These words made such an impression on me that I put it on the blog as a permanent element.
Today, four months after I arrived in Santiago after having walked for 35 days, I found myself giving thanks for the numerous angels who walked with me, laughed with me, guided and protected me, cried with me, sheltered and fed me.
I give thanks to a faithful God who truly keeps His word!
So today I'd like to give specific thanks to the angels who...
...spoke to me in a language that I could understand
...offered a service that enabled me to continue walking - Jacotrans transports your pack to your next destination if you need to walk with a lighter day pack. They came to my rescue four of the thirty five days when I couldn't get my blistered feet in my shoes and had to walk wearing my crocs. Having a lighter day pack on my shoulders enabled me to carry on walking. I promise I didn't write the above but I certainly agree!!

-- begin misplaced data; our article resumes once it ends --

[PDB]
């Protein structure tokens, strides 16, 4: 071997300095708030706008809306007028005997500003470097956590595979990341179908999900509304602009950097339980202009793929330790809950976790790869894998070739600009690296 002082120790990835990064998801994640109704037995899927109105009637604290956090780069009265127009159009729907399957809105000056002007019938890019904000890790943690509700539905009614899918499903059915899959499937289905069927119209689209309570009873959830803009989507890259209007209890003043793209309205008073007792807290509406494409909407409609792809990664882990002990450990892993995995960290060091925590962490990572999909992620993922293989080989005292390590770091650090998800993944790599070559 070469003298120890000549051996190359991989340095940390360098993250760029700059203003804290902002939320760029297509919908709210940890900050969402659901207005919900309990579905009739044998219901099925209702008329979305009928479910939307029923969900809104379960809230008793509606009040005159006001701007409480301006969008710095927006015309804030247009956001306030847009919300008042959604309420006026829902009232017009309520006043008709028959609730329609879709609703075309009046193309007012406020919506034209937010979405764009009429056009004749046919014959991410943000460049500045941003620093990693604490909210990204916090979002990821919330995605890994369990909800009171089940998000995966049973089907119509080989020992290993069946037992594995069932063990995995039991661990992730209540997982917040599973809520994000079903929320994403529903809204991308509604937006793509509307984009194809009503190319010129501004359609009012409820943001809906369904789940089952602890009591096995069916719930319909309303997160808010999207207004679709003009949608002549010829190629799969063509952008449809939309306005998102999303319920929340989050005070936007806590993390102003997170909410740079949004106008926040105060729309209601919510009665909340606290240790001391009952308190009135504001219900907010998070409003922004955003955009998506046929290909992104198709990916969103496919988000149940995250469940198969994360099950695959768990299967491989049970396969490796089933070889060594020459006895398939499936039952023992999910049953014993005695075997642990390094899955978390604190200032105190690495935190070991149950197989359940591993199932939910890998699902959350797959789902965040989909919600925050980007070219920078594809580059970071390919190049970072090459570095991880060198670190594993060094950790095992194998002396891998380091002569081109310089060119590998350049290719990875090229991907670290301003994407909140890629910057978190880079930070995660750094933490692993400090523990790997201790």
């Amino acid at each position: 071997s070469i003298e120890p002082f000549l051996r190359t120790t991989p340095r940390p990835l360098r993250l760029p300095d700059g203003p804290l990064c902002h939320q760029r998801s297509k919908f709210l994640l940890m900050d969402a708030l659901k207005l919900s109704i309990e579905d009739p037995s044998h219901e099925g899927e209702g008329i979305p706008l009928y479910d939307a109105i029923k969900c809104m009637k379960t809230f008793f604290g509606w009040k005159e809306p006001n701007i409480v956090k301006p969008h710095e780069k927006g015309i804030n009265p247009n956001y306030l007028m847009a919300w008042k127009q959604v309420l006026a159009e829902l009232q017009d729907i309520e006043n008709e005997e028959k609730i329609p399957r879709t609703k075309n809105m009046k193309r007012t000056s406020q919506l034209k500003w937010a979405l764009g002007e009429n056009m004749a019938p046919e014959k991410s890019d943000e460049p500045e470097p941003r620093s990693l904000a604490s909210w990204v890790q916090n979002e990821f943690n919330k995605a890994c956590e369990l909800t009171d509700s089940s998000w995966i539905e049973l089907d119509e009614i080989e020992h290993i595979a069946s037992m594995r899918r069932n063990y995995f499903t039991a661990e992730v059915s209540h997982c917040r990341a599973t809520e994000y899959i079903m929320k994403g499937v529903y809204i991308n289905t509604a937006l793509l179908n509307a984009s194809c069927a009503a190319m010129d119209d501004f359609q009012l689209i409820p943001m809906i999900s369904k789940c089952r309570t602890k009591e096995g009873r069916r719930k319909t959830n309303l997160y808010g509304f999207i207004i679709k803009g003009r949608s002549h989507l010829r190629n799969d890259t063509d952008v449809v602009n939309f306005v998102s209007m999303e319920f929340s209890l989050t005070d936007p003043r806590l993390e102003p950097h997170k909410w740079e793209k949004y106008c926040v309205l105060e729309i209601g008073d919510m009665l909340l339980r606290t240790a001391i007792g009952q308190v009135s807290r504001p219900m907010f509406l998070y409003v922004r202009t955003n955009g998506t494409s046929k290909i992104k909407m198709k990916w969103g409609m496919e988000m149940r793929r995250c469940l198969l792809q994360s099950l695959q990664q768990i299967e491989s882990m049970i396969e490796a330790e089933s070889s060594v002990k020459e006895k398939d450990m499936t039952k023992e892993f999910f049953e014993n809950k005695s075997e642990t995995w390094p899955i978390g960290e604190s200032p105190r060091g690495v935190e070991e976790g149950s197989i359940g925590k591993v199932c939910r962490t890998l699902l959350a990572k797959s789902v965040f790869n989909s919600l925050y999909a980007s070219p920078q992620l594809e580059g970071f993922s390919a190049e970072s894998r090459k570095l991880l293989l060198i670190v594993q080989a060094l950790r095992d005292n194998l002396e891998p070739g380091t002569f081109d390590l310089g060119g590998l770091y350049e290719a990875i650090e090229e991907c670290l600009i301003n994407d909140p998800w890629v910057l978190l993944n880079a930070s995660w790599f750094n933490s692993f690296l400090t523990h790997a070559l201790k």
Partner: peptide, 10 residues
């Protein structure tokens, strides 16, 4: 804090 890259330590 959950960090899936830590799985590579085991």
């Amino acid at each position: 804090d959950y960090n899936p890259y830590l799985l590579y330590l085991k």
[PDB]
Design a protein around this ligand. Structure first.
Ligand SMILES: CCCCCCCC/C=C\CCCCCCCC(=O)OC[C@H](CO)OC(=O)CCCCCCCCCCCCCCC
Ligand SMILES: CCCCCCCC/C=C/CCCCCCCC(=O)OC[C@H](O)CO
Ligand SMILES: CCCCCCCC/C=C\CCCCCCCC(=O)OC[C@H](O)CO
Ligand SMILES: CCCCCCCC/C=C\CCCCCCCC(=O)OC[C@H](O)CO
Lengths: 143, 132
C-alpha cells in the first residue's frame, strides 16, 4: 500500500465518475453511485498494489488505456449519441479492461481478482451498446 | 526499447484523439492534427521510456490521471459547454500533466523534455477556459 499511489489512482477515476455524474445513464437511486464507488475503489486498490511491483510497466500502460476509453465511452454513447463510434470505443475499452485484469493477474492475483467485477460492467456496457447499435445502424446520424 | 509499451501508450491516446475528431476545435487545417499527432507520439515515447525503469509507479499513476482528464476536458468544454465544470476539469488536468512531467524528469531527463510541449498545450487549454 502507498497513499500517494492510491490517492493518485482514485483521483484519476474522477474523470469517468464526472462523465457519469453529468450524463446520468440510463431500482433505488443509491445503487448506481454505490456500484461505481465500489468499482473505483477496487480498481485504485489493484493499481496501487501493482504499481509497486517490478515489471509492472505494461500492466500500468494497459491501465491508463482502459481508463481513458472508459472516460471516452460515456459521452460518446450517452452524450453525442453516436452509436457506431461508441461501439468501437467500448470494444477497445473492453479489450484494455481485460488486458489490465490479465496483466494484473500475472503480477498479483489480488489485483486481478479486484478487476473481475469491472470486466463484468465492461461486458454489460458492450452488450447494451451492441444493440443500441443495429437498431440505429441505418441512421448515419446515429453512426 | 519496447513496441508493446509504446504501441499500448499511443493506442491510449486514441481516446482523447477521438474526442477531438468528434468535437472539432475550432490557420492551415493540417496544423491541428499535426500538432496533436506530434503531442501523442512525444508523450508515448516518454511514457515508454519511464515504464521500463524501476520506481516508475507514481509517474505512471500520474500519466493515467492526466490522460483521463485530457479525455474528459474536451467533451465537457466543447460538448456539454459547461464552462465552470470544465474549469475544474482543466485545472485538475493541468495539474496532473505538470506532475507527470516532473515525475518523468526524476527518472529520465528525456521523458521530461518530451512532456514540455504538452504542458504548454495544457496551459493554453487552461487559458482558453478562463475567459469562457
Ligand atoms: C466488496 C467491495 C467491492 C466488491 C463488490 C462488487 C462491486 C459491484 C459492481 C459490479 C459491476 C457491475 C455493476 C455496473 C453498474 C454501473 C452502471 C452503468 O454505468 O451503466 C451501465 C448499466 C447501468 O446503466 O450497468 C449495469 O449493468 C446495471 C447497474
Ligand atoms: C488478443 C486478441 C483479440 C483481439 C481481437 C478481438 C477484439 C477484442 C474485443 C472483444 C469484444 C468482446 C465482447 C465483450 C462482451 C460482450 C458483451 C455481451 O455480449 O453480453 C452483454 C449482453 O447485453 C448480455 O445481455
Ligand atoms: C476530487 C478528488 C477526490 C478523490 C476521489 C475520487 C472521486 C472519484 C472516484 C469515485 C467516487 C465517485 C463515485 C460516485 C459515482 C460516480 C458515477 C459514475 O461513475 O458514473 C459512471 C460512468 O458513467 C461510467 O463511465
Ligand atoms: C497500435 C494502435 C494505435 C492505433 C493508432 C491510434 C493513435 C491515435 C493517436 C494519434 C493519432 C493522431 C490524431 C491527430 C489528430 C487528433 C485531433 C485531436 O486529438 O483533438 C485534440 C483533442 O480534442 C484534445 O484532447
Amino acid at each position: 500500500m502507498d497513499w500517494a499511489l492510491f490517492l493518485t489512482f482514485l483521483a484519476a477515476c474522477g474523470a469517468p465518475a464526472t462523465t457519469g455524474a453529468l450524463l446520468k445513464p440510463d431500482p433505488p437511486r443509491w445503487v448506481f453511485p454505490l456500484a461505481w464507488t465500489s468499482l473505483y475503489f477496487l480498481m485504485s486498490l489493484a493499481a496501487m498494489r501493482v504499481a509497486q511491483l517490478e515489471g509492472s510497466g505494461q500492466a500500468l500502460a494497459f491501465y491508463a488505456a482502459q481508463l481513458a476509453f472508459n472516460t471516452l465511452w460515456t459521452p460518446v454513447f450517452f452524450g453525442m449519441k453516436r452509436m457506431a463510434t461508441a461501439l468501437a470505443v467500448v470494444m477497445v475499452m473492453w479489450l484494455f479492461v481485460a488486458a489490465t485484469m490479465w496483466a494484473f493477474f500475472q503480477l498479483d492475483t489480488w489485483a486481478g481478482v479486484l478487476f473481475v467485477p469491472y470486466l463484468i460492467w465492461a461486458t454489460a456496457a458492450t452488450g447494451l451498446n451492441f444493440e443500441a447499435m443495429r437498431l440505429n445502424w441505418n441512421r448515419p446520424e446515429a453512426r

...doctored my feet, unselfishly sharing their own medication and bandages...

...offered me safe places to sleep, sometimes without even expecting to be paid...
...offered me the use of their computers to contact my family, free of charge...
...blessed my life with their warmth and love, translating for me when my Spanish was not good enough and made me laugh until the tears ran down my face...
...took the time to make these little gifts to hand to weary pilgrims as they checked in to the quaintest little albergue...
...brought this precious medicine all the way from South Africa so that I could treat my blisters...
...offered to feed the hungry and expected nothing in return...
..saw me taking pictures of this cross in the sky and then offered to take a picture with me in it...